Shelly Sterling intends to fight NBA's efforts to remove her

Shelly Sterling says she wants to retain ownership of the Clippers. (USATSI)
Shelly Sterling says she wants to retain ownership of the Clippers. (USATSI)

More: Sterling banned for life | Latest updates | NBA news

Shelly Sterling, the wife of banned Clippers owner Donald Sterling, told ABC in an interview that she intends to file for divorce from her husband and will fight the NBA on any efforts to remove her stake of ownership.

Shelly Sterling said today that "eventually, I am going to" divorce her estranged husband, Donald Sterling, and if the NBA tries to force her to sell her half of the Los Angeles Clippers, she would "absolutely" fight to keep her stake in the team.

"I will fight that decision," she told ABC News' Barbara Walters today in an exclusive interview. "To be honest with you, I'm wondering if a wife of one of the owners, and there's 30 owners, did something like that, said those racial slurs, would they oust the husband? Or would they leave the husband in?"Sterling added that the Clippers franchise is her "passion" and "legacy to my family."

via ABC News Exclusive: Shelly Sterling: 'Eventually, I'm Going to' File for Divorce - ABC News.

There had been conflicting reports over the past 72 hours about whether Shelly Sterling intended to fight the NBA's efforts or not. Meanwhile, a report surfaced last last week that the NBA believes it has grounds to remove her from ownership on account of her having never been approved by the Board of Governors as majority owner.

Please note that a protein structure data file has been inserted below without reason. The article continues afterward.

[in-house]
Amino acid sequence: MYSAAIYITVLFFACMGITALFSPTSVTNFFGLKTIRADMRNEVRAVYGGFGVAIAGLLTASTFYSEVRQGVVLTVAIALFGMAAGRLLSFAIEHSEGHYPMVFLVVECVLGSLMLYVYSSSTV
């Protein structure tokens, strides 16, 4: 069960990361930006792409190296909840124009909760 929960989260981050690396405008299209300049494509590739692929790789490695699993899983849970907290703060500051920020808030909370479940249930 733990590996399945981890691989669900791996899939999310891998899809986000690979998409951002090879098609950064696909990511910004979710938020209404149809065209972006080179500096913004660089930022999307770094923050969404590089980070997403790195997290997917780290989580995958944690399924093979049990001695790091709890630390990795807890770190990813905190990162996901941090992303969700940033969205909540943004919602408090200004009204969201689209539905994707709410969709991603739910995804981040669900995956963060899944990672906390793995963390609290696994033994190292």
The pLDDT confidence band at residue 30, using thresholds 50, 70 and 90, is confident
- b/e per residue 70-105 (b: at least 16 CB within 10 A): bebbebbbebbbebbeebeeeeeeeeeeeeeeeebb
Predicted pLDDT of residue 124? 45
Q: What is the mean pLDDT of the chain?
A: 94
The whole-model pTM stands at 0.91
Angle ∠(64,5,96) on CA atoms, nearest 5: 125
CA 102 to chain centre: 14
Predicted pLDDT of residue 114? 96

Magic Johnson said last week that the Clippers players would not play for "anyone named Sterling."  The NBA removed Andy Roeser as President of the team this week and installed Dick Parsons as CEO while giving Doc Rivers wide powers over basketball operations.

The NBA released a statement Sunday night in response to Shelly Sterling's comments:

"Under the NBA Constitution, if a controlling owner's interest is terminated by a 3/4 vote, all other team owners' interests are automatically terminated as well.  It doesn't matter whether the owners are related as is the case here.  These are the rules to which all NBA owners agreed to as a condition of owning their team."

That's the NBA's way of saying "we've covered our bases."

CBS Sports Writer

Matt Moore's colleagues have been known to describe him as a "maniac" in terms of his approach to covering the NBA, which he has done for CBS Sports since 2010. Moore prides himself on melding reporting,... Full Bio

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